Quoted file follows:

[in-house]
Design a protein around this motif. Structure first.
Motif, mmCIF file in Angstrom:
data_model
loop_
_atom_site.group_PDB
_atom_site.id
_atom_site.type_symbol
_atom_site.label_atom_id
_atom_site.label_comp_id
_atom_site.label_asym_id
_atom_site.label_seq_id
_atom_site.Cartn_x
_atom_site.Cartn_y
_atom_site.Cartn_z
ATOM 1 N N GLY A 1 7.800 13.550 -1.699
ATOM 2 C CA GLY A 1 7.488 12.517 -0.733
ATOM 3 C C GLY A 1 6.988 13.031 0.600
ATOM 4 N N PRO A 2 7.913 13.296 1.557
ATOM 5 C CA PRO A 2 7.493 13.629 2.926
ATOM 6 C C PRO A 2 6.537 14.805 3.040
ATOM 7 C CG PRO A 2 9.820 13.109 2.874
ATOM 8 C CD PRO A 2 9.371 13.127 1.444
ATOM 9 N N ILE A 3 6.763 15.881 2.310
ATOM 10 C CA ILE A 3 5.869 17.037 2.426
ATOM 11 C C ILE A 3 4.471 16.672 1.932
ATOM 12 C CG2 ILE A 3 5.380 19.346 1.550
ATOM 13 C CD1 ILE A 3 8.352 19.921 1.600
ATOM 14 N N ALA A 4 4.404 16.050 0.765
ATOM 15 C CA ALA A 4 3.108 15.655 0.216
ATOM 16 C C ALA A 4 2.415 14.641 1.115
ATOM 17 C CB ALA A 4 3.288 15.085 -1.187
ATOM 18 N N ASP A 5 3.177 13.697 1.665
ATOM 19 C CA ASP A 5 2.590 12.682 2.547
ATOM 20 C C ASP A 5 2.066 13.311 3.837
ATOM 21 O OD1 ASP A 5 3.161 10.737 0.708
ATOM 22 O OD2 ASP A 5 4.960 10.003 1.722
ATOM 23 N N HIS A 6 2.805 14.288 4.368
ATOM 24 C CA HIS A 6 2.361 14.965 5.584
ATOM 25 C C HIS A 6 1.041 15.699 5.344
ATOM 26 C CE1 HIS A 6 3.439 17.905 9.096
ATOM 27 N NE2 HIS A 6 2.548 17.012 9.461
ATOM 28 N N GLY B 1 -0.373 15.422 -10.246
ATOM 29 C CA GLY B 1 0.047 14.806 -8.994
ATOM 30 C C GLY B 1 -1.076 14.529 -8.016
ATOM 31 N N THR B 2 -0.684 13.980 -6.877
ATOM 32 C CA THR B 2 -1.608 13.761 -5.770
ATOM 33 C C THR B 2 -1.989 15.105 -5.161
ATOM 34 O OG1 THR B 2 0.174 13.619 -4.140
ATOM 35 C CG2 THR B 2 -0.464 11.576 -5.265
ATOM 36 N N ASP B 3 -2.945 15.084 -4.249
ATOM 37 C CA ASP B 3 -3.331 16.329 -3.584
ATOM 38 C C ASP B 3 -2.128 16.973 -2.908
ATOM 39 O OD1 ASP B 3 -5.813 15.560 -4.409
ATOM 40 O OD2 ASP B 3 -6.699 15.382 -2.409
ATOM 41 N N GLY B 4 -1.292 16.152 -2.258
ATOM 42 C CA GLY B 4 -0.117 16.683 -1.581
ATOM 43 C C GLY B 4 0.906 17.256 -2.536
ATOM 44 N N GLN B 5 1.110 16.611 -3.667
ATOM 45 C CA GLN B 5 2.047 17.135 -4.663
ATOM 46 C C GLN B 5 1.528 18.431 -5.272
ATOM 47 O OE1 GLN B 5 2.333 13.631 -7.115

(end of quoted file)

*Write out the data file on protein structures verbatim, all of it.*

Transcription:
[in-house]
Design a protein around this motif. Structure first.
Motif, mmCIF file in Angstrom:
data_model
loop_
_atom_site.group_PDB
_atom_site.id
_atom_site.type_symbol
_atom_site.label_atom_id
_atom_site.label_comp_id
_atom_site.label_asym_id
_atom_site.label_seq_id
_atom_site.Cartn_x
_atom_site.Cartn_y
_atom_site.Cartn_z
ATOM 1 N N GLY A 1 7.800 13.550 -1.699
ATOM 2 C CA GLY A 1 7.488 12.517 -0.733
ATOM 3 C C GLY A 1 6.988 13.031 0.600
ATOM 4 N N PRO A 2 7.913 13.296 1.557
ATOM 5 C CA PRO A 2 7.493 13.629 2.926
ATOM 6 C C PRO A 2 6.537 14.805 3.040
ATOM 7 C CG PRO A 2 9.820 13.109 2.874
ATOM 8 C CD PRO A 2 9.371 13.127 1.444
ATOM 9 N N ILE A 3 6.763 15.881 2.310
ATOM 10 C CA ILE A 3 5.869 17.037 2.426
ATOM 11 C C ILE A 3 4.471 16.672 1.932
ATOM 12 C CG2 ILE A 3 5.380 19.346 1.550
ATOM 13 C CD1 ILE A 3 8.352 19.921 1.600
ATOM 14 N N ALA A 4 4.404 16.050 0.765
ATOM 15 C CA ALA A 4 3.108 15.655 0.216
ATOM 16 C C ALA A 4 2.415 14.641 1.115
ATOM 17 C CB ALA A 4 3.288 15.085 -1.187
ATOM 18 N N ASP A 5 3.177 13.697 1.665
ATOM 19 C CA ASP A 5 2.590 12.682 2.547
ATOM 20 C C ASP A 5 2.066 13.311 3.837
ATOM 21 O OD1 ASP A 5 3.161 10.737 0.708
ATOM 22 O OD2 ASP A 5 4.960 10.003 1.722
ATOM 23 N N HIS A 6 2.805 14.288 4.368
ATOM 24 C CA HIS A 6 2.361 14.965 5.584
ATOM 25 C C HIS A 6 1.041 15.699 5.344
ATOM 26 C CE1 HIS A 6 3.439 17.905 9.096
ATOM 27 N NE2 HIS A 6 2.548 17.012 9.461
ATOM 28 N N GLY B 1 -0.373 15.422 -10.246
ATOM 29 C CA GLY B 1 0.047 14.806 -8.994
ATOM 30 C C GLY B 1 -1.076 14.529 -8.016
ATOM 31 N N THR B 2 -0.684 13.980 -6.877
ATOM 32 C CA THR B 2 -1.608 13.761 -5.770
ATOM 33 C C THR B 2 -1.989 15.105 -5.161
ATOM 34 O OG1 THR B 2 0.174 13.619 -4.140
ATOM 35 C CG2 THR B 2 -0.464 11.576 -5.265
ATOM 36 N N ASP B 3 -2.945 15.084 -4.249
ATOM 37 C CA ASP B 3 -3.331 16.329 -3.584
ATOM 38 C C ASP B 3 -2.128 16.973 -2.908
ATOM 39 O OD1 ASP B 3 -5.813 15.560 -4.409
ATOM 40 O OD2 ASP B 3 -6.699 15.382 -2.409
ATOM 41 N N GLY B 4 -1.292 16.152 -2.258
ATOM 42 C CA GLY B 4 -0.117 16.683 -1.581
ATOM 43 C C GLY B 4 0.906 17.256 -2.536
ATOM 44 N N GLN B 5 1.110 16.611 -3.667
ATOM 45 C CA GLN B 5 2.047 17.135 -4.663
ATOM 46 C C GLN B 5 1.528 18.431 -5.272
ATOM 47 O OE1 GLN B 5 2.333 13.631 -7.115